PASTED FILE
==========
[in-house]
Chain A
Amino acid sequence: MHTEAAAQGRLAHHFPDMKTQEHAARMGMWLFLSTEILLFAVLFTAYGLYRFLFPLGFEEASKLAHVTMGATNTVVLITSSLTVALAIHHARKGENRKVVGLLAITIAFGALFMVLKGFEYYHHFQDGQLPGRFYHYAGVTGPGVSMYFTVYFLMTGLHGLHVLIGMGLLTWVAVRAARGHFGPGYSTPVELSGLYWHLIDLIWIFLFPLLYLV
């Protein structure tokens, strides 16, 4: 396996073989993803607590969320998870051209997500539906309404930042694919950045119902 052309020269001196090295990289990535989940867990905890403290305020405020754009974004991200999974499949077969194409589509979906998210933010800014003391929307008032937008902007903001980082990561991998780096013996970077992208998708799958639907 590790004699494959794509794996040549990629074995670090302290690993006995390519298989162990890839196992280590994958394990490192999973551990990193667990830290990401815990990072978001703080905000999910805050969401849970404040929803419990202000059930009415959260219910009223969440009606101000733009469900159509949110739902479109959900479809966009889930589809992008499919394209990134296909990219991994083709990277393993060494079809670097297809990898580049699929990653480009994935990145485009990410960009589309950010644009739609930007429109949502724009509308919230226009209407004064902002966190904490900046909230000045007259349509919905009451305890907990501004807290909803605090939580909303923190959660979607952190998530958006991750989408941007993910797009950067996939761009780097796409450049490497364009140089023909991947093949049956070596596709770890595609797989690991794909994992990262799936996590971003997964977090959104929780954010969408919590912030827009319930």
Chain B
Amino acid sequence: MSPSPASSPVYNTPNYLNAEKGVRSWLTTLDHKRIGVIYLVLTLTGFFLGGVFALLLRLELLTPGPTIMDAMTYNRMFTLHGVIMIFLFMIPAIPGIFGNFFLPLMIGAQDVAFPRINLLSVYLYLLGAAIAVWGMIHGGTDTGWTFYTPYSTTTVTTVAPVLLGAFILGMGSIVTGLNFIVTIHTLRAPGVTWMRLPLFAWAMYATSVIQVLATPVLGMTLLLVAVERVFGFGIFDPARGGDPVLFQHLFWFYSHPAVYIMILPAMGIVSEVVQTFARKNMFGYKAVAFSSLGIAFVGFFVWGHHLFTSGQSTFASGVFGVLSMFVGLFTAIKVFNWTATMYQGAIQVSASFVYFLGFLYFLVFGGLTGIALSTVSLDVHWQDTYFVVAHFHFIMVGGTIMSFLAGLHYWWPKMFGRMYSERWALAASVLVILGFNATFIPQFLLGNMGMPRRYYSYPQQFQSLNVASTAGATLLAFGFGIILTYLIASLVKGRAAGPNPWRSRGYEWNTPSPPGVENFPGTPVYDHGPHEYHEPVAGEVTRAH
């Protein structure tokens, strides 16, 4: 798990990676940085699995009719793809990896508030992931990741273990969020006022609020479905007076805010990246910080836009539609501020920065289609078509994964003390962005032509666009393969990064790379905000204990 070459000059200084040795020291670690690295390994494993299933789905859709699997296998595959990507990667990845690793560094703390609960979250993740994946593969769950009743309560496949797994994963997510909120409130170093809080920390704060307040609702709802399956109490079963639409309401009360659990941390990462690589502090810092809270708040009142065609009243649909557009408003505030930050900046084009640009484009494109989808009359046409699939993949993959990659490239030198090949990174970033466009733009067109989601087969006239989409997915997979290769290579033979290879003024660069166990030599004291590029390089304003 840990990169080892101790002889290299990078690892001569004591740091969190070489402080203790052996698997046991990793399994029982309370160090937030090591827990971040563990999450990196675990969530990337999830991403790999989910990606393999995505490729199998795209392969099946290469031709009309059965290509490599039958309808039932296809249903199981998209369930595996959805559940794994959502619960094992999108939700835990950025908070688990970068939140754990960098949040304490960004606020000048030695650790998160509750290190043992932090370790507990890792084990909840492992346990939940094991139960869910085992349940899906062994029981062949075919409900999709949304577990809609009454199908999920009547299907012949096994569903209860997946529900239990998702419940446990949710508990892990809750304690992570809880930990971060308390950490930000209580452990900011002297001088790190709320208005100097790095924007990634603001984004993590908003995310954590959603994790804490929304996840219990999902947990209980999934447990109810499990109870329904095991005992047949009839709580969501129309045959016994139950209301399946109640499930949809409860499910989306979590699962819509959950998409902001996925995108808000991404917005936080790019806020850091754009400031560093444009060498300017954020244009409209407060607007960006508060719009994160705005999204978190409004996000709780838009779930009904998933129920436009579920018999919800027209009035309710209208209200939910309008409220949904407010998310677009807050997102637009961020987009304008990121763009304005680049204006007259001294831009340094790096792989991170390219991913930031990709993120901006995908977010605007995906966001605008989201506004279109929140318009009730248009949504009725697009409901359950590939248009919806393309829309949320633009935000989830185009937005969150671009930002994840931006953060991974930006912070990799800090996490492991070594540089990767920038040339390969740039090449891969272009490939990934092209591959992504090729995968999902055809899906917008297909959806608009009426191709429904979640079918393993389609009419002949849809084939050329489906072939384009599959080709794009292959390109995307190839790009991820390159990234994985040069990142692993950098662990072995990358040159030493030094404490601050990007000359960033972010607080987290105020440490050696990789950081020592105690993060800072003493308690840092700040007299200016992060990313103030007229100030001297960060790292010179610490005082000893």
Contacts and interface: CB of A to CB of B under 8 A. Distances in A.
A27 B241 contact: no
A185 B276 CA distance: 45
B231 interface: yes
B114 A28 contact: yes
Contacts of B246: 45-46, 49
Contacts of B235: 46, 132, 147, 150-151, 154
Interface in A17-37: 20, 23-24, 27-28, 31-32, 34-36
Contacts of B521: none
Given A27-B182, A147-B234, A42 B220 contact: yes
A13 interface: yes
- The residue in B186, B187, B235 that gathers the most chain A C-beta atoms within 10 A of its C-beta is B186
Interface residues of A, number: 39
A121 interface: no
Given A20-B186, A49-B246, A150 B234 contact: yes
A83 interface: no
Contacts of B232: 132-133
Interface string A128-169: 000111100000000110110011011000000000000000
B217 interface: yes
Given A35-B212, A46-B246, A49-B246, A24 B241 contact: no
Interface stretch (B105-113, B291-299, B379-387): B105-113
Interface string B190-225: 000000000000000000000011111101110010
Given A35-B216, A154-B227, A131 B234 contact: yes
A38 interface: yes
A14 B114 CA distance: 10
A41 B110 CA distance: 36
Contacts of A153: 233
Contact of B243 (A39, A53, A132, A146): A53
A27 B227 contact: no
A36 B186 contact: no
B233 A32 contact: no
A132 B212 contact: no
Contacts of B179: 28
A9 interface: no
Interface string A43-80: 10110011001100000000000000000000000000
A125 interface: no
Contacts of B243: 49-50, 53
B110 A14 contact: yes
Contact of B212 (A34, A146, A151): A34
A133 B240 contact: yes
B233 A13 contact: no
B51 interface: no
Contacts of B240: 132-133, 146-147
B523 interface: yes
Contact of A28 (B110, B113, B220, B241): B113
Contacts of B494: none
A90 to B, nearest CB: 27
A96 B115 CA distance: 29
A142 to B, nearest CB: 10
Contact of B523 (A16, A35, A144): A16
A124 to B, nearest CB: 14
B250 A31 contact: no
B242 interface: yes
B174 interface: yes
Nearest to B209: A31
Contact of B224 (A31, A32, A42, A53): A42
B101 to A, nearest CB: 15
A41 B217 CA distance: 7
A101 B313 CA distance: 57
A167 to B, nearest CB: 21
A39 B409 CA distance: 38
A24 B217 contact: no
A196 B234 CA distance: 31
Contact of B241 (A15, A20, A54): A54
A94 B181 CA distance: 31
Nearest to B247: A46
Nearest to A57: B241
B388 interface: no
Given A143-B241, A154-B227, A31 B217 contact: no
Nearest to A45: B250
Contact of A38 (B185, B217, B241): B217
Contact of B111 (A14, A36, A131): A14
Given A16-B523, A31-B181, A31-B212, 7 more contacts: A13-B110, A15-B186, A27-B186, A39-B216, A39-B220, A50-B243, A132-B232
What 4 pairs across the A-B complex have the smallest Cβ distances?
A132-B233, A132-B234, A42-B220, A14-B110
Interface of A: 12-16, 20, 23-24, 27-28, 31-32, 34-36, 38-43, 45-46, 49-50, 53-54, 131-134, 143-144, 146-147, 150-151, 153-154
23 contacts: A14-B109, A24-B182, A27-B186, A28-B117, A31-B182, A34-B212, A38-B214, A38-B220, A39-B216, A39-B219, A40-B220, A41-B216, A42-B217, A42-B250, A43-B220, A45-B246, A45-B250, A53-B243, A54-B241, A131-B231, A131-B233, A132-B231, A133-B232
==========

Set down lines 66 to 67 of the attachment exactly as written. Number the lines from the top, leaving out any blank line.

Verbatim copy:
A101 B313 CA distance: 57
A167 to B, nearest CB: 21